UK secretary of state for levelling up, housing and communities, Michael Gove, has approved the first new UK coal mine in 30 years despite concern about its climate impacts among Conservative MPs and experts.
The proposed mine in Cumbria would extract coking coal for steel production in the UK and globally.
Critics say the mine would undermine climate targets and demand for coking coal is declining, while supporters claim the mine, near Whitehaven, will create jobs and reduce the need to import coal.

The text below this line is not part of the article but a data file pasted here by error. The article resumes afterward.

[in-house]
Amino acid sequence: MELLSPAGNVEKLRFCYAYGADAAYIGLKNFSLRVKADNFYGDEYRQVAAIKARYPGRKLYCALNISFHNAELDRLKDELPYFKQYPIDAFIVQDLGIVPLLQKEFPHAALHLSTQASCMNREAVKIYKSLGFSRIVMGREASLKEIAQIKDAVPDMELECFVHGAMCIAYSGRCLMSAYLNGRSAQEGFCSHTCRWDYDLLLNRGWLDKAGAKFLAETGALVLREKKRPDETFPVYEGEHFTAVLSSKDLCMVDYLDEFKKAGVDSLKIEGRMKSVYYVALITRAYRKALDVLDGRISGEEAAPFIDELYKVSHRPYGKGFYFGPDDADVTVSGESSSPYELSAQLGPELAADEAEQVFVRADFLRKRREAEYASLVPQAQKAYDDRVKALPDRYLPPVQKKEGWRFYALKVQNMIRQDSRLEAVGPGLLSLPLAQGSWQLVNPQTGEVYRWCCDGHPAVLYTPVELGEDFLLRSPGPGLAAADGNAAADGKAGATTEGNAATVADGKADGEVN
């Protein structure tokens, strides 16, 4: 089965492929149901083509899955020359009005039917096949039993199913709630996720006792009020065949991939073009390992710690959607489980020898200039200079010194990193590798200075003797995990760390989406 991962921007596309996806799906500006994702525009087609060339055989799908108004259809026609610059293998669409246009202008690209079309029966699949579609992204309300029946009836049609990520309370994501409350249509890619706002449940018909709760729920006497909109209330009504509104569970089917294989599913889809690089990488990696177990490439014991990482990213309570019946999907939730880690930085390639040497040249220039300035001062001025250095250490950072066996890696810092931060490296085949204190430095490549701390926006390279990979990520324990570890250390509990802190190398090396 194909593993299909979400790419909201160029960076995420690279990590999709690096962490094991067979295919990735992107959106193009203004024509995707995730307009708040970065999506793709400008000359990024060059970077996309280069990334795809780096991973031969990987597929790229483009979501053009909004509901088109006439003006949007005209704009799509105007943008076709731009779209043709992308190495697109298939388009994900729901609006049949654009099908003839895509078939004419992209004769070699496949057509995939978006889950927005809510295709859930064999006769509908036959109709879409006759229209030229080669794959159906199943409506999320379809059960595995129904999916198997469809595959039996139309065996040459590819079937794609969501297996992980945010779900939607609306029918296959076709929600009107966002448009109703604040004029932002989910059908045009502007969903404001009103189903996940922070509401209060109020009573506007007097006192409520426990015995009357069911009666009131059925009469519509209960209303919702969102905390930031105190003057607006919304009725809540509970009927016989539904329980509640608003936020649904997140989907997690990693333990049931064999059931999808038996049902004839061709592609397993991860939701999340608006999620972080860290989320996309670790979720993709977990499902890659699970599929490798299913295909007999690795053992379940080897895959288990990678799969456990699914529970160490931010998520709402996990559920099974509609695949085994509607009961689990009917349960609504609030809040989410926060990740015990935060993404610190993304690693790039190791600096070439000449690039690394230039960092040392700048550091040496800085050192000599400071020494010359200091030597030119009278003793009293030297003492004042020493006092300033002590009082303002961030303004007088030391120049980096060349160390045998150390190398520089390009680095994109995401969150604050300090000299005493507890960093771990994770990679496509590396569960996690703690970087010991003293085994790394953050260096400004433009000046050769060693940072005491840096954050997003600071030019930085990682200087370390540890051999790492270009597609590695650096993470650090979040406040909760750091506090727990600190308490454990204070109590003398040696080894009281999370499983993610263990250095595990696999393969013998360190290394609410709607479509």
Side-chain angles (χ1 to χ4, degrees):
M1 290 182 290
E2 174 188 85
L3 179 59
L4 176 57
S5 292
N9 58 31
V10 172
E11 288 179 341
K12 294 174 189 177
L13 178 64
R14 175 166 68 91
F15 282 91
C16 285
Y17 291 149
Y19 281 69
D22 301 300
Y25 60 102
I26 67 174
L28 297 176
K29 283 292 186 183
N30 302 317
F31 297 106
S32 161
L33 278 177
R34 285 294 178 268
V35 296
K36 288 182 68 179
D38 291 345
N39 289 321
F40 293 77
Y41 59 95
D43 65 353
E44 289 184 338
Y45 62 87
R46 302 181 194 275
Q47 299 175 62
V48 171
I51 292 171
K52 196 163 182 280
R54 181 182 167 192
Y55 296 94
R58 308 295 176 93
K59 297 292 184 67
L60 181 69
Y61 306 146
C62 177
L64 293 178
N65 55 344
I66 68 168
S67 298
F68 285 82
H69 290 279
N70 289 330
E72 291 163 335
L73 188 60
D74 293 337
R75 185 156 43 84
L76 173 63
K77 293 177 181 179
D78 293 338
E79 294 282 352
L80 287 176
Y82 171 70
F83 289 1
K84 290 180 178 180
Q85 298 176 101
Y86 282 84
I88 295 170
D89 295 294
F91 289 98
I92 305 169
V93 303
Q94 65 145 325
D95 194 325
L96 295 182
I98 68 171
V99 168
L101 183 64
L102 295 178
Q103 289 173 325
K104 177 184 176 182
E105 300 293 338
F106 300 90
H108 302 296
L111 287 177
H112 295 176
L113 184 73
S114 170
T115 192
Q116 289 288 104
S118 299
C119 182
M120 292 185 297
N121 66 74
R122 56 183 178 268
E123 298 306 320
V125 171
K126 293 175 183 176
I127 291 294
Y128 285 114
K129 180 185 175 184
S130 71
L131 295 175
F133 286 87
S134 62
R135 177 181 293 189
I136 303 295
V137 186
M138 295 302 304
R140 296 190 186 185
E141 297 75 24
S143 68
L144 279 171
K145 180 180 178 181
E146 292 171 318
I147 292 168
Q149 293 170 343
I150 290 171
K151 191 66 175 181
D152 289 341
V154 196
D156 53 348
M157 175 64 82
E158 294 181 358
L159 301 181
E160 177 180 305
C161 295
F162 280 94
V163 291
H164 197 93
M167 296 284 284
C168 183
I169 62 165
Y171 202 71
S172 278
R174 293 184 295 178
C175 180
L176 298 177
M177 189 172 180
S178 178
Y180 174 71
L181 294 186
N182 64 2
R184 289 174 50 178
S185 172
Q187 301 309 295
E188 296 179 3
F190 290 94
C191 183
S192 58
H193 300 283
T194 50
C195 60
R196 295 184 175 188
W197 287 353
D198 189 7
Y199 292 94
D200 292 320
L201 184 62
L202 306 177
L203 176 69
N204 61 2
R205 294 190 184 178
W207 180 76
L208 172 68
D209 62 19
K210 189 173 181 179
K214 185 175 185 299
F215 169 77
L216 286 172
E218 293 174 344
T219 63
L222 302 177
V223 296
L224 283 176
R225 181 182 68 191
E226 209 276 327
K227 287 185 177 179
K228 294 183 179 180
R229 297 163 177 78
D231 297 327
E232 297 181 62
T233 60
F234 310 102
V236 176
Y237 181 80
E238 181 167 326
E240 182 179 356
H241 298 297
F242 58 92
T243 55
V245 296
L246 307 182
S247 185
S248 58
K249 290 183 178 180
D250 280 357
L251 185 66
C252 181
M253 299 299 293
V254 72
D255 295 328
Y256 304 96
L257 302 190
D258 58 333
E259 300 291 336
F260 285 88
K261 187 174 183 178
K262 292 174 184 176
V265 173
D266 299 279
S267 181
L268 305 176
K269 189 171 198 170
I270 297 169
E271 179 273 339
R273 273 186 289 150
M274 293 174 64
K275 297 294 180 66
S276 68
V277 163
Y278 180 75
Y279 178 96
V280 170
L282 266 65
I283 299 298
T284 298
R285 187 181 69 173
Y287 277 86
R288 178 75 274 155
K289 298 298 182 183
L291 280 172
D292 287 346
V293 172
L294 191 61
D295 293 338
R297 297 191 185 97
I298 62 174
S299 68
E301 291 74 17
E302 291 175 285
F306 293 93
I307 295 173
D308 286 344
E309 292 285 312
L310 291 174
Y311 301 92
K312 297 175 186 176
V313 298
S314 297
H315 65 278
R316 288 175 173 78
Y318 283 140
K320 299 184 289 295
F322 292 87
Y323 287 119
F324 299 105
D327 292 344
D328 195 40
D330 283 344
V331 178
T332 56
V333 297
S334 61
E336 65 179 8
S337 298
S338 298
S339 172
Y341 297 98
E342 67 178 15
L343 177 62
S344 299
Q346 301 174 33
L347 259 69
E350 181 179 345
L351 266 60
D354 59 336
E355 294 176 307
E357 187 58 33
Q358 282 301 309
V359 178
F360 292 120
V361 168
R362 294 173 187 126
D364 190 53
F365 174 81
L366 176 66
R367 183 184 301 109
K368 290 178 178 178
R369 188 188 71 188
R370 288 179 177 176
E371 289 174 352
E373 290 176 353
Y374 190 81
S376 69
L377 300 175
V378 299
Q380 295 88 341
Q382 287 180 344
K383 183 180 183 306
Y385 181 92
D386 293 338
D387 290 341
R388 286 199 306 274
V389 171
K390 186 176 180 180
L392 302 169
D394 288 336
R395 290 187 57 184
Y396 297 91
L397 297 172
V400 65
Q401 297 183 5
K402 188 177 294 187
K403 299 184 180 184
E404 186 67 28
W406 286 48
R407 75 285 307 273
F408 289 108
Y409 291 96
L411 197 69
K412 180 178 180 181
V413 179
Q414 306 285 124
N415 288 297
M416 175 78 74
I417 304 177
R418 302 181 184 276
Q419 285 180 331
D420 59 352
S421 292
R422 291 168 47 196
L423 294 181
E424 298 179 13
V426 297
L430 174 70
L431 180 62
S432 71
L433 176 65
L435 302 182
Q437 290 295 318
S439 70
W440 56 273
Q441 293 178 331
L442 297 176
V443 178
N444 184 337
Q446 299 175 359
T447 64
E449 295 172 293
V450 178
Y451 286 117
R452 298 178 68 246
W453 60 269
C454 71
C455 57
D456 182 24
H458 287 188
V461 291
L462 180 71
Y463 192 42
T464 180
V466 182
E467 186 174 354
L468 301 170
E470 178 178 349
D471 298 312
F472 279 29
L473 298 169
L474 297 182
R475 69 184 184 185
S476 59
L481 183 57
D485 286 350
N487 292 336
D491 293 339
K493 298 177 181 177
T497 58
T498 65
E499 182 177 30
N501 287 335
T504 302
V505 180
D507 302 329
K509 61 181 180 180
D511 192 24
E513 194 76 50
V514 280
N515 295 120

The fate of the West Cumbria Mining project had been uncertain for two years, after the local county council initially approved the mine in 2020.
According to a report by the BBC, the project's approval was suspended in early 2021, ahead of the COP26 climate conference in Glasgow, after the government's climate change adviser said it would increase carbon emissions.
Lord Deben, chairman of the government's advisory Climate Change Committee described the proposal as ‘absolutely indefensible’ and said its approval would damage the UK's leadership on climate change.
Planning authorities reviewed the original decision and sent a report to the secretary of state of communities to review and make a final judgement.
A letter outlining the decision said Mr Gove was ‘satisfied that there is currently a UK and European market for the coal’.